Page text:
Have mental health issues, such as grief, anxiety, depression, eating disorders and post-traumatic stress disorder. Alcohol use disorder is a medical condition involving frequent or heavy alcohol use. People with alcohol use disorder can’t stop drinking, even when it causes problems, emotional distress or physical harm to themselves or others. Whether or not substance abuse and/or addiction run in your family, all people experience increased tolerance for alcohol the more and longer that they drink.
What happens mentally when you quit drinking?
Dopamine Levels Begin to Normalize
Alcohol use overloads the brain with dopamine, while also reducing the brain's dopamine receptors in the process. When you first quit drinking, the lack of dopamine and diminished receptors can lead to feelings of sadness and hopelessness.
Your health care provider can help you figure out if one of these medicines is right for you. They are not addictive, so you don’t have to worry about trading one addiction for another. They are not a cure, but they can help you manage AUD.
More Information About Alcohol Addiction
It typically goes away after 3 to 4 weeks of not drinking. And people with alcohol dependence are 3.7 times more likely to have had MDD in the previous year. The link between depression and alcohol use disorder is complex. With the right treatment, it’s possible to manage both disorders. Alcohol, as we know, reduces inhibitions and makes one more courageous. Sometimes, this also results in people acting impulsively, leading to suicide.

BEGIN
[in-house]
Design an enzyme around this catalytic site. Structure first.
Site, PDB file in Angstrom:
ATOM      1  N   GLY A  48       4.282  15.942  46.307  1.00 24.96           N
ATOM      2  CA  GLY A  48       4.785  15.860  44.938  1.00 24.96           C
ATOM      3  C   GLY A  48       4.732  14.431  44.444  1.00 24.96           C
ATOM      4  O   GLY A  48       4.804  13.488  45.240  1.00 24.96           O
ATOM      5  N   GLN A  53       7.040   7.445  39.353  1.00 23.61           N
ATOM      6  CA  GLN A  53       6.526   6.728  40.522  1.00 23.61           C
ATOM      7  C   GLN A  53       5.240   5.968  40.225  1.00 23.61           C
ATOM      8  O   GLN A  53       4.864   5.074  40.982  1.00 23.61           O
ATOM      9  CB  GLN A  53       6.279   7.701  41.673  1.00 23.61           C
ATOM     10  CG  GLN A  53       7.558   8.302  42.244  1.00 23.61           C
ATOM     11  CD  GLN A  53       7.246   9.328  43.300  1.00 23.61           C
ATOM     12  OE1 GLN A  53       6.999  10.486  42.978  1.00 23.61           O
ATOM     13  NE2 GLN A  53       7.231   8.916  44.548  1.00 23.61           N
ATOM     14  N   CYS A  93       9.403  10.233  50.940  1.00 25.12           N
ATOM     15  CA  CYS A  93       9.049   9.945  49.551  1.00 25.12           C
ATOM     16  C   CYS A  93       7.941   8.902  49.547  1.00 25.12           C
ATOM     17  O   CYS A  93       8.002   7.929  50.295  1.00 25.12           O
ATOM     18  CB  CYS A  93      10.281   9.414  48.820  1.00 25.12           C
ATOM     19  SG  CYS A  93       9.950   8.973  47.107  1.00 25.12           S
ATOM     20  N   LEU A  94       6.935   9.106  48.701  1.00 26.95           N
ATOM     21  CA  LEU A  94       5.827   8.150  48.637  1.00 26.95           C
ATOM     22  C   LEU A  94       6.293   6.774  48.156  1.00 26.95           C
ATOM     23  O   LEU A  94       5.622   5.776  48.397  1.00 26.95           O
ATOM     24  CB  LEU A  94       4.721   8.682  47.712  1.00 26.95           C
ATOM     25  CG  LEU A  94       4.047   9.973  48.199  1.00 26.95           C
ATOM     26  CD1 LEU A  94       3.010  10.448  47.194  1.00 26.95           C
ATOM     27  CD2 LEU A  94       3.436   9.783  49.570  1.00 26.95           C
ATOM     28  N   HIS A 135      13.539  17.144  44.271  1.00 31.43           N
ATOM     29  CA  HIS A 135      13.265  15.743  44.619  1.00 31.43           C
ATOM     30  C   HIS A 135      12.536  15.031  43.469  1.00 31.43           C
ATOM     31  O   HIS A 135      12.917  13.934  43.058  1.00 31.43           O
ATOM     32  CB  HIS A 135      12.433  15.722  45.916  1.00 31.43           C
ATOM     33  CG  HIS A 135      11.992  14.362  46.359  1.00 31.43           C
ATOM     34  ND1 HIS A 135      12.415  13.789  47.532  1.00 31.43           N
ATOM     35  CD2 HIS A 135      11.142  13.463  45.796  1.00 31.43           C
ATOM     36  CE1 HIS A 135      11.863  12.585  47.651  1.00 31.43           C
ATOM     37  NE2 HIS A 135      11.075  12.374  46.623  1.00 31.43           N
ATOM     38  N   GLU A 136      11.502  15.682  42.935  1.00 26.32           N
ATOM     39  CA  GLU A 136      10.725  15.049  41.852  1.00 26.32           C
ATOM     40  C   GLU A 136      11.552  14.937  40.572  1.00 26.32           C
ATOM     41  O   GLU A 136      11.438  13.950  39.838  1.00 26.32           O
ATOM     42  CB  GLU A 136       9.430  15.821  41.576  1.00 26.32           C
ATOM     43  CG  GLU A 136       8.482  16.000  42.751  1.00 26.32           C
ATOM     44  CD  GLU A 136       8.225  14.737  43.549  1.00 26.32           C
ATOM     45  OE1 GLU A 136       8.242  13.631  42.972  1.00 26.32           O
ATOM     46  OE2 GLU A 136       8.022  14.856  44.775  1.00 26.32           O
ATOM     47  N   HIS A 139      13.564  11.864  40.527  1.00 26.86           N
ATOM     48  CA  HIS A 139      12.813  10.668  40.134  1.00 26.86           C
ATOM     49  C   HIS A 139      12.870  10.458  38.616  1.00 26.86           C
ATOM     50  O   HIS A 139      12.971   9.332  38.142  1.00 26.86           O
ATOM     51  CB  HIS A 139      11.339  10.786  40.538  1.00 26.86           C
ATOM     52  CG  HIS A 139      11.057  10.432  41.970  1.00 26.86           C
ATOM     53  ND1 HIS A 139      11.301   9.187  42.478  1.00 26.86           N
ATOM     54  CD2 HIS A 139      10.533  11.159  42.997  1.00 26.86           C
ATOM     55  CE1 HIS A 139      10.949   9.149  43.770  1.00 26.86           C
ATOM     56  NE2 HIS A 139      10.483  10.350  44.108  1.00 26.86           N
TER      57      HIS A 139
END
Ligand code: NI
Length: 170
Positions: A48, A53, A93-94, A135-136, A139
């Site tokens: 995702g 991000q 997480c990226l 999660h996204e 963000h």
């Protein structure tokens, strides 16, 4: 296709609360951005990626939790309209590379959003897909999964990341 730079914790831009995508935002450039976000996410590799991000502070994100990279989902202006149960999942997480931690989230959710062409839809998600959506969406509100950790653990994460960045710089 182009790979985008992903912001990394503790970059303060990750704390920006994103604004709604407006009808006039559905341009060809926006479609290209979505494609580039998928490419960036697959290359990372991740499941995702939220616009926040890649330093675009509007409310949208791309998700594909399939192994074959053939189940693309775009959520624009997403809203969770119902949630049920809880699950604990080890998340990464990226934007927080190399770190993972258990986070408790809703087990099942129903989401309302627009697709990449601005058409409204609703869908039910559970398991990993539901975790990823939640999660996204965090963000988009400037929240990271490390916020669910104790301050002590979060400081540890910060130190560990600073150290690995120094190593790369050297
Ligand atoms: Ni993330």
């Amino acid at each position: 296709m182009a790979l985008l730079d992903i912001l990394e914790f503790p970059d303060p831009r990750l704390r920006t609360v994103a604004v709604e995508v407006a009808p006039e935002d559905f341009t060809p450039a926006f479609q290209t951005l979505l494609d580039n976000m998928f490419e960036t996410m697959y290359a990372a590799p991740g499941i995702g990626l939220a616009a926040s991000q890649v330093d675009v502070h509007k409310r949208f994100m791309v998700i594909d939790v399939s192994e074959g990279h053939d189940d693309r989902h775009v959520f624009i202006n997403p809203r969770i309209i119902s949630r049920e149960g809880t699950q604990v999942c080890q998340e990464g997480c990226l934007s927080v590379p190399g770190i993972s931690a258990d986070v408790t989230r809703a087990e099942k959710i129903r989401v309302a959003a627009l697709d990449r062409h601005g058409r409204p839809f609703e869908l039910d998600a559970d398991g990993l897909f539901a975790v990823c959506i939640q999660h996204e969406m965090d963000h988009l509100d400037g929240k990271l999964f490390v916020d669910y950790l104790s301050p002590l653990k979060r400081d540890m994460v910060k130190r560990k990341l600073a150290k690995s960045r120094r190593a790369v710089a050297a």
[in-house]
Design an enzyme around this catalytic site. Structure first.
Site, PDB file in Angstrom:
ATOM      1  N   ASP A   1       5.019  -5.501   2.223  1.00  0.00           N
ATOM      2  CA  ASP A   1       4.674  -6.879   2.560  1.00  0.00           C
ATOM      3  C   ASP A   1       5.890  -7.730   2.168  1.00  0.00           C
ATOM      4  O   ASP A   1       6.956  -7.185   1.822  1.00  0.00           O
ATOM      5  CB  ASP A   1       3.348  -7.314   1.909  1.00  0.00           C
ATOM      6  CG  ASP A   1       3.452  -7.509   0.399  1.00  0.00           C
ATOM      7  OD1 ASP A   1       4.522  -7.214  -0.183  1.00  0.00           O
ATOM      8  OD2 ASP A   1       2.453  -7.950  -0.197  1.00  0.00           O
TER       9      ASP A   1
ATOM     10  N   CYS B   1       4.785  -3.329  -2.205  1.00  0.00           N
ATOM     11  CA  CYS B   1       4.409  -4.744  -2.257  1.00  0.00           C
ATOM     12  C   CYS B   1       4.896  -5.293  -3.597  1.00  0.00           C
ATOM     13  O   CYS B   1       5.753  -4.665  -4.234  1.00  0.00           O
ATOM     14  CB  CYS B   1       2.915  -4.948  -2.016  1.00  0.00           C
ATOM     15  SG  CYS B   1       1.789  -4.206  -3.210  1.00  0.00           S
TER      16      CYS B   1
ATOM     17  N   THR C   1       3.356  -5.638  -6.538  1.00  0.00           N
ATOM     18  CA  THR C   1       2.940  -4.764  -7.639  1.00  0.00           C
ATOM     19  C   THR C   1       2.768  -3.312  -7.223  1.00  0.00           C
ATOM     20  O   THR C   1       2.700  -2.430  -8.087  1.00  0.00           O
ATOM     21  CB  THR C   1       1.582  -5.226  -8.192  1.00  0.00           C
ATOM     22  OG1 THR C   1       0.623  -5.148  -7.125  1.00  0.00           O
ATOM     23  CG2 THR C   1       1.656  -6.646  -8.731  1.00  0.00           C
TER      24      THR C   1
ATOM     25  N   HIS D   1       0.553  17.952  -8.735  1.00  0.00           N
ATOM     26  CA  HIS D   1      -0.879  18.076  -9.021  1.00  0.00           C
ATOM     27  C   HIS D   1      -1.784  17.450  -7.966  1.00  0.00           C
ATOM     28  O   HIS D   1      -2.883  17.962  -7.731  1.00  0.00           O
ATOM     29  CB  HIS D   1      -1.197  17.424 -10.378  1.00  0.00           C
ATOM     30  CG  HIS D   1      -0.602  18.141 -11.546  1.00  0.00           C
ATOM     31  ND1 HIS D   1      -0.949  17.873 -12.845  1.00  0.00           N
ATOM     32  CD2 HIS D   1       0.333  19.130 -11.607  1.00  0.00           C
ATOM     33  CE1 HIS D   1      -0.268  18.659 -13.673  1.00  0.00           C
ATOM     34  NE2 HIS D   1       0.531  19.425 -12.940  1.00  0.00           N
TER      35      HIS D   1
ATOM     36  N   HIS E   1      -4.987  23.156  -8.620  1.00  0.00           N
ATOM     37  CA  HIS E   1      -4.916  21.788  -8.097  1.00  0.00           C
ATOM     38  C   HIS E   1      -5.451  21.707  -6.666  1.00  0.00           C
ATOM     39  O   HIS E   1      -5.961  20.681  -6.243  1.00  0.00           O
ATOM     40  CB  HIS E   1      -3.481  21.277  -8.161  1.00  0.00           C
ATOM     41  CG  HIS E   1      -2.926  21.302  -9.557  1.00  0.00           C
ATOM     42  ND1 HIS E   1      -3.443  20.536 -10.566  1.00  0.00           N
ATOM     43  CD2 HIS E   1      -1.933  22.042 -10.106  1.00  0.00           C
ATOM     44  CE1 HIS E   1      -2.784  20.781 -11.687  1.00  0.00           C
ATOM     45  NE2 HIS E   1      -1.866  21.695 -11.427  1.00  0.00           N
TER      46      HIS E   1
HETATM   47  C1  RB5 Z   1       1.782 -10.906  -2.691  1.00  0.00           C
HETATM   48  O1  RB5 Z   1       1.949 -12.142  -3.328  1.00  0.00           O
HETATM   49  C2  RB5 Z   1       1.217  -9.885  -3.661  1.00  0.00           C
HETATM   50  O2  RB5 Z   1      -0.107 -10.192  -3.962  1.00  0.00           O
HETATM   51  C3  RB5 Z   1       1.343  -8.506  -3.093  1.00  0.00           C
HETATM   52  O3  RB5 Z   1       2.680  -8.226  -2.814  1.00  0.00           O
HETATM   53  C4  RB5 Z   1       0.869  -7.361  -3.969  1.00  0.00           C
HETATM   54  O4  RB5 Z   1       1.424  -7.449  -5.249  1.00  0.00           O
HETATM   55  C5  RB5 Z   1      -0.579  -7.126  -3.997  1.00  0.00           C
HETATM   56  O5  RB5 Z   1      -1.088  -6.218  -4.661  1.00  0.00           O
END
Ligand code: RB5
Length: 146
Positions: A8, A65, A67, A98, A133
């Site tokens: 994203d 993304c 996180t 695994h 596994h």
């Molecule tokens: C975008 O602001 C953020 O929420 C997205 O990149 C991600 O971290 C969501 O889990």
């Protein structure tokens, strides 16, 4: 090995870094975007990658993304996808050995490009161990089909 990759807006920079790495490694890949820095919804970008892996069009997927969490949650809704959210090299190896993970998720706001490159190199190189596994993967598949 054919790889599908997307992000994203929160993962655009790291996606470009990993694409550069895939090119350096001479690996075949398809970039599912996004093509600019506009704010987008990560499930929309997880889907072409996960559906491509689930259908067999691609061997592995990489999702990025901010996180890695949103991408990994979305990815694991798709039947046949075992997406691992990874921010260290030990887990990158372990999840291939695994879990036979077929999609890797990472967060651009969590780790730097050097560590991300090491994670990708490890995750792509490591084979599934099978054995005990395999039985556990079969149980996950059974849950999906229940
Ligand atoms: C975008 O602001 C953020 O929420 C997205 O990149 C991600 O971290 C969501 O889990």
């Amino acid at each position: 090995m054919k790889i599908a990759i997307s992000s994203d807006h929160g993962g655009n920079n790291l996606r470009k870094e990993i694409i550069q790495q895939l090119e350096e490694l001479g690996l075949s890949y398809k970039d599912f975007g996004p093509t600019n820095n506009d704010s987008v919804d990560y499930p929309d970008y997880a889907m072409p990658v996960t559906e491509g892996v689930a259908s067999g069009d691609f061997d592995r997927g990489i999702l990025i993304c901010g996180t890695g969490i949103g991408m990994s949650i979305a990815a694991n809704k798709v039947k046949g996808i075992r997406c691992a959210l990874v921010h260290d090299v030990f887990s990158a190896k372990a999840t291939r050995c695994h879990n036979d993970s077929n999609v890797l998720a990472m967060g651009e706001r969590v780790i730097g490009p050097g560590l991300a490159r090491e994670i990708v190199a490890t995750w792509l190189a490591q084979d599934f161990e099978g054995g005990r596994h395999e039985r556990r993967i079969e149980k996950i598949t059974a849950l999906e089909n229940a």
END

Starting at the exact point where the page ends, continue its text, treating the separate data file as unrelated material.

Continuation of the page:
Surround yourself with positive influences and people who make you feel good about yourself. The more you’re invested in other people and your community, the more you have to lose—which will help you stay motivated and on the recovery track. It’s much easier to avoid drinking if you don’t keep temptations around. After three months, I will cut back my weekend drinking even more to a maximum of two drinks per day and three drinks per weekend.
Graduate School of Addiction Studies
This may mean making major changes to your social life, such as finding new things to do with your old drinking buddies—or even giving up those friends and finding new ones. Whether you choose to tackle your alcohol addiction by going how to overcome alcoholism to rehab, getting therapy, or taking a self-directed treatment approach, support is essential. Recovering from alcohol addiction or abuse is much easier when you have people you can lean on for encouragement, comfort, and guidance.
How can I change my mindset to stop drinking?
Make a plan for cravings.
The urge to drink will inevitably come—so make a plan for it. Remind yourself of why you want to cut back, talk to a friend about it and distract yourself with a hobby or exercise, the NIAAA suggests. Accept that you have the urge and that it will pass.